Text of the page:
• Organophosphorus pesticide;
  • Carbamate pesticide;
  • Acetylcholinesterase;
  • Biomarkers;
  • Colossoma macropomum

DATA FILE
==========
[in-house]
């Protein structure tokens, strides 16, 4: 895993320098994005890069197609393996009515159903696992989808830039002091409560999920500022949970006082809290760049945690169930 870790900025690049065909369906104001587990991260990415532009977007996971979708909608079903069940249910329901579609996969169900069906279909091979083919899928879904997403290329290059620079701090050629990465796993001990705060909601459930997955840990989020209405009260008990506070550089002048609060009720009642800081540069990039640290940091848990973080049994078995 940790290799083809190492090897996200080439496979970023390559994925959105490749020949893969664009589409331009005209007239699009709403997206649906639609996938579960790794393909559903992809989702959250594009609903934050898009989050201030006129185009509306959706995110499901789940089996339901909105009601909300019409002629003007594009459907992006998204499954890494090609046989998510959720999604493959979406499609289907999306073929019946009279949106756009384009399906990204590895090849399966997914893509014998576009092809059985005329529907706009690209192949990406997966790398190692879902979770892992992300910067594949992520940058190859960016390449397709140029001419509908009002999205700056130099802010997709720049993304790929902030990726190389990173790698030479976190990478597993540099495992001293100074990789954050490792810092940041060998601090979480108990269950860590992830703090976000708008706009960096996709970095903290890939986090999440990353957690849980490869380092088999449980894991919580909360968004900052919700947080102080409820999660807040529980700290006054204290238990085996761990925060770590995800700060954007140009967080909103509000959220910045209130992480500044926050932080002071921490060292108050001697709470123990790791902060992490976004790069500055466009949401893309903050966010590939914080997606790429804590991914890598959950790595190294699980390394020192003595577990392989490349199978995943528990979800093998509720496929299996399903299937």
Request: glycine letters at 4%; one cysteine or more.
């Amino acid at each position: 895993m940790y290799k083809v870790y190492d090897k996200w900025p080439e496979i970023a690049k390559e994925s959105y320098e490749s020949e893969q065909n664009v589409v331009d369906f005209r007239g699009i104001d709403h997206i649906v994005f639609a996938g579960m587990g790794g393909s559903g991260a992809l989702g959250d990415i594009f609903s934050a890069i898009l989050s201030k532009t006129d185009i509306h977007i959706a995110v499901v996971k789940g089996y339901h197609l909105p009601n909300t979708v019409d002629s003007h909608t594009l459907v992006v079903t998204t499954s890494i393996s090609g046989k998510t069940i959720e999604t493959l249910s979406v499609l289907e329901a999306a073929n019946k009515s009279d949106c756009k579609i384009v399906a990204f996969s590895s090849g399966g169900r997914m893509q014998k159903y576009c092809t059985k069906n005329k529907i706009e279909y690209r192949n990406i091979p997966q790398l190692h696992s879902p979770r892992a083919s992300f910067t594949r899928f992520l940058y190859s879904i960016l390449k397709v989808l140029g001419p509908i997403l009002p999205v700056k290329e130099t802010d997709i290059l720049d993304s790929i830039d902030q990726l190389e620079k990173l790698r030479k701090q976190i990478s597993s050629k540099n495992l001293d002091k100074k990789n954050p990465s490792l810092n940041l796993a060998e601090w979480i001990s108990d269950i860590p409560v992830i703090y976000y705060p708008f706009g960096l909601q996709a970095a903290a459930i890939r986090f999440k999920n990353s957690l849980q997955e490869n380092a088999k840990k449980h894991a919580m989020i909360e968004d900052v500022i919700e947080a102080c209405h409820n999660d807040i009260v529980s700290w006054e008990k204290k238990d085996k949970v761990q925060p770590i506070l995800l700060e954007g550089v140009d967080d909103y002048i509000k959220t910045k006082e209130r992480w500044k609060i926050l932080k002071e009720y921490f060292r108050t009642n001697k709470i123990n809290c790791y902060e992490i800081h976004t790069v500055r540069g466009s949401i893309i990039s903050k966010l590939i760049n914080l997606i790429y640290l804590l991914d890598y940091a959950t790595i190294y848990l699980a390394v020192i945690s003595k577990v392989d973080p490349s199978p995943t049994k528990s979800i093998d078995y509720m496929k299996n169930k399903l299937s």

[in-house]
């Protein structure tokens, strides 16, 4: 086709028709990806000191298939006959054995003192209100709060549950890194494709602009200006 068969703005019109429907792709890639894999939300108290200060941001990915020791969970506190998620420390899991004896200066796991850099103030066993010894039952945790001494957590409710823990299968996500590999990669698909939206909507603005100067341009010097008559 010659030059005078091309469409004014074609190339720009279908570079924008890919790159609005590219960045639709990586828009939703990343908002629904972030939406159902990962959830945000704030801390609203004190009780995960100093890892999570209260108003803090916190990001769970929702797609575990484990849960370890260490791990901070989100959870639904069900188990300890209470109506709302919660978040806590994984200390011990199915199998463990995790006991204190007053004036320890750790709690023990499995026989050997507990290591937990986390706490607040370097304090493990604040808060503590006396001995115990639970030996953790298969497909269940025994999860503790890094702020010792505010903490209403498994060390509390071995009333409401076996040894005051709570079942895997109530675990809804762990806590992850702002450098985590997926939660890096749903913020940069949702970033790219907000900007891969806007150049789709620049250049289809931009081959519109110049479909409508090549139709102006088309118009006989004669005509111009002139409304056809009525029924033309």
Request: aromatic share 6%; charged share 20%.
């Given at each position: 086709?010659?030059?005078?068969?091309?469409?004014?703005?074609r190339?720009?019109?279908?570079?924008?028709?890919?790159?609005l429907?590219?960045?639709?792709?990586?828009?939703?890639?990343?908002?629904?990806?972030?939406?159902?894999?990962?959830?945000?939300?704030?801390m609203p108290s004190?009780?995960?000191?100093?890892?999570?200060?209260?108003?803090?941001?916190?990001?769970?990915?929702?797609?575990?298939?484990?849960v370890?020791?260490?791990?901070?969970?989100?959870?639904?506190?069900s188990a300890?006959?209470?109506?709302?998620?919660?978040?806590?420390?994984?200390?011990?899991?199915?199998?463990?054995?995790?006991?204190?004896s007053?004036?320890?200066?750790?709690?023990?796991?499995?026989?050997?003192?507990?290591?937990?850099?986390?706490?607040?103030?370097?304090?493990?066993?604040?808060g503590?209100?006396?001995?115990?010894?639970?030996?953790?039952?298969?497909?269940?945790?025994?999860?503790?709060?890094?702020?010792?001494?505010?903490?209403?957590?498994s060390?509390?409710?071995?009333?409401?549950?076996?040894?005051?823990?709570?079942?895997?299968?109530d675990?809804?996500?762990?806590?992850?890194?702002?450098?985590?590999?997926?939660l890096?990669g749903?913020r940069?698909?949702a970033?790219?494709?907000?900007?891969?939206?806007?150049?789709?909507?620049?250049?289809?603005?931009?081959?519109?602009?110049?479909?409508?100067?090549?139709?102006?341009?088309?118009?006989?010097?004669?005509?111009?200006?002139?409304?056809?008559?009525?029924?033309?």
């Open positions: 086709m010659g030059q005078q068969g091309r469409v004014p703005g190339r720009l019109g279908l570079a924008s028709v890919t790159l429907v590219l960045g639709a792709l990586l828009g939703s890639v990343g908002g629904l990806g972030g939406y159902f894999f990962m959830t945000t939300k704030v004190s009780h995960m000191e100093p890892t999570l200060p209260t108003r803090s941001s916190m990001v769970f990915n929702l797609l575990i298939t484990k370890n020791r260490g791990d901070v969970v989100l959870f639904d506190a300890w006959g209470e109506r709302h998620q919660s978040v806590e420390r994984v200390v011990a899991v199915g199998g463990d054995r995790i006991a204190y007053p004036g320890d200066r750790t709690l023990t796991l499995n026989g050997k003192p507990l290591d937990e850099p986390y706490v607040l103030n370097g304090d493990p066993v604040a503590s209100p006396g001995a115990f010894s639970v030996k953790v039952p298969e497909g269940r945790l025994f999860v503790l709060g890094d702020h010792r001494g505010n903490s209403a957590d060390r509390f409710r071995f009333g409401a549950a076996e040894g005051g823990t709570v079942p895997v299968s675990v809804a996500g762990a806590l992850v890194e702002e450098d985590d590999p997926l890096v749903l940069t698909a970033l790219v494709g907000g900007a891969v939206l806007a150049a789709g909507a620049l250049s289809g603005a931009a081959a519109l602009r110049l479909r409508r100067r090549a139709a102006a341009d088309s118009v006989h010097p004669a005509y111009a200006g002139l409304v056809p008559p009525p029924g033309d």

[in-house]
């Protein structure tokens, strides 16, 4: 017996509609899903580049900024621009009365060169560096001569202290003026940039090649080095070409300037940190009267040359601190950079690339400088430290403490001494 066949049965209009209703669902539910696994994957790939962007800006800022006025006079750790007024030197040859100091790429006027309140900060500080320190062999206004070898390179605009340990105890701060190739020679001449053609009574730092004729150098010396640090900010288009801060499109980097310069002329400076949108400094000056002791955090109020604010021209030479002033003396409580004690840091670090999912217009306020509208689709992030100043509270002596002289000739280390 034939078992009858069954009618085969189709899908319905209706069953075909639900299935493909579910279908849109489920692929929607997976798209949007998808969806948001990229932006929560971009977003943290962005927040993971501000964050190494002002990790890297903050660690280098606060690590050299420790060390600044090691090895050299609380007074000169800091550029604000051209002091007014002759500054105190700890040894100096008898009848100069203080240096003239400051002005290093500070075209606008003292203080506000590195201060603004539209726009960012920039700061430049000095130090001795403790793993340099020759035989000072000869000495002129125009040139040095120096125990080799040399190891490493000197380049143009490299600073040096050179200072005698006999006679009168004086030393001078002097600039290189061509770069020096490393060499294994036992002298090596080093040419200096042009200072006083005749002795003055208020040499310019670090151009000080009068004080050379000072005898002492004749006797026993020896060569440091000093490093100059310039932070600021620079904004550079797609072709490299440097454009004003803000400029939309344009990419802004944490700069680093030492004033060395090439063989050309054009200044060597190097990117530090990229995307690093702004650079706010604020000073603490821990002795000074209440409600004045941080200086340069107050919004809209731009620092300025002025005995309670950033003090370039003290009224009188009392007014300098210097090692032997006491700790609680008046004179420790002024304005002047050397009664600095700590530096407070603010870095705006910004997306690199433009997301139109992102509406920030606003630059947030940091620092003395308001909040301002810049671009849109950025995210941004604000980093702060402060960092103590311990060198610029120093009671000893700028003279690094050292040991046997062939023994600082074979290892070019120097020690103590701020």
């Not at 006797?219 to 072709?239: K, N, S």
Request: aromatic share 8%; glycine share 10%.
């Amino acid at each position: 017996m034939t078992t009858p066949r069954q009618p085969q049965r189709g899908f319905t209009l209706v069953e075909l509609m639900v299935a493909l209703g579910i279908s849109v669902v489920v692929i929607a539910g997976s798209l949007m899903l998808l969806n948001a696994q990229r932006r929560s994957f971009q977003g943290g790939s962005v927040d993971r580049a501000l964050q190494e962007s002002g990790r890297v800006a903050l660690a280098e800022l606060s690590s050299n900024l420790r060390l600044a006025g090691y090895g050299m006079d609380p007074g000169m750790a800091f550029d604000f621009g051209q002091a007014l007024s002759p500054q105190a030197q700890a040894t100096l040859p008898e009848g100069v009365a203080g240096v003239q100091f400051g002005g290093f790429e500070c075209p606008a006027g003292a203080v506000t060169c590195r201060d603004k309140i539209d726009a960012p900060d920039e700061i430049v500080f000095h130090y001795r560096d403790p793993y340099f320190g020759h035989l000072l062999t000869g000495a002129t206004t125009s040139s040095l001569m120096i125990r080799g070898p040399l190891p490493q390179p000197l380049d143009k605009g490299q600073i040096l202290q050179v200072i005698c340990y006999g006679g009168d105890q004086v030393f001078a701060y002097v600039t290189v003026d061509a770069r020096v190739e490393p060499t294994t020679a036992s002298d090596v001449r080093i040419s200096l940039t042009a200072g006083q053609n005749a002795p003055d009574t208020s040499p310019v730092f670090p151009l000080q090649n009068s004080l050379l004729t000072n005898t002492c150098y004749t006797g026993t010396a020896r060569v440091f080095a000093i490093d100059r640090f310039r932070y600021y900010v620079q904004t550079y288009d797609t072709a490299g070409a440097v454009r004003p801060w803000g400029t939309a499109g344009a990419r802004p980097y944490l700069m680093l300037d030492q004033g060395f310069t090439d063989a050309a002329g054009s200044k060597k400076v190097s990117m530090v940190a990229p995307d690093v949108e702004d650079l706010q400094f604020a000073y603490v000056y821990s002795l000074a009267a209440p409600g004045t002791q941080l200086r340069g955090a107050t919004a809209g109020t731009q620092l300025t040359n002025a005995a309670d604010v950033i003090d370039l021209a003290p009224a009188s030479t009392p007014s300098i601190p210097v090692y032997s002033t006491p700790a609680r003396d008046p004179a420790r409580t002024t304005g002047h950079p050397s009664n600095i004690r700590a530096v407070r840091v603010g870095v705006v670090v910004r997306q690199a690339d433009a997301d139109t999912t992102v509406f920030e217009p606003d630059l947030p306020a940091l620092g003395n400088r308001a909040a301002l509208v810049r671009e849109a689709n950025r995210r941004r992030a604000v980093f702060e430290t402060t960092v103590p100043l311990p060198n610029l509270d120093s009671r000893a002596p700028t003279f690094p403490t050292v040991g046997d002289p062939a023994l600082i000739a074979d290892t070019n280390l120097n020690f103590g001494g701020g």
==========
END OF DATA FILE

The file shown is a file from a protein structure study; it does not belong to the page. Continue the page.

In the present study, acetylcholinesterase (AChE) from the brain of the Amazonian fish tambaqui (Colossoma macropomum) was partially characterized and its activity was assayed in the presence of five organophosphates (dichlorvos, diazinon, chlorpyrifos, and tetraethyl pyrophosphate [TEPP]) and two carbamates (carbaryl and carbofuran) insecticides. Optimal pH and temperature were 7.0 to 8.0 and 45°C, respectively. The enzyme retained approximately 70% of activity after incubation at 50°C for 30 min. The insecticide concentration capable of inhibiting half of the enzyme activity (IC50) for dichlorvos, chlorpyrifos, and TEPP were calculated as 0.04 µmol/L, 7.6 µmol/L, and 3.7 µmol/L, respectively. Diazinon and temephos did not inhibit the enzyme. The IC50 values for carbaryl and carbofuran were estimated as 33.8 µmol/L and 0.92 µmol/L, respectively. These results suggest that AChE from the juvenile C. macropomum brain could be used as an alternative biocomponent of organophosphorus and carbamate biosensors in routine pesticide screening in the environment. Environ. Toxicol. Chem. 2010;29:2243–2248. © 2010 SETAC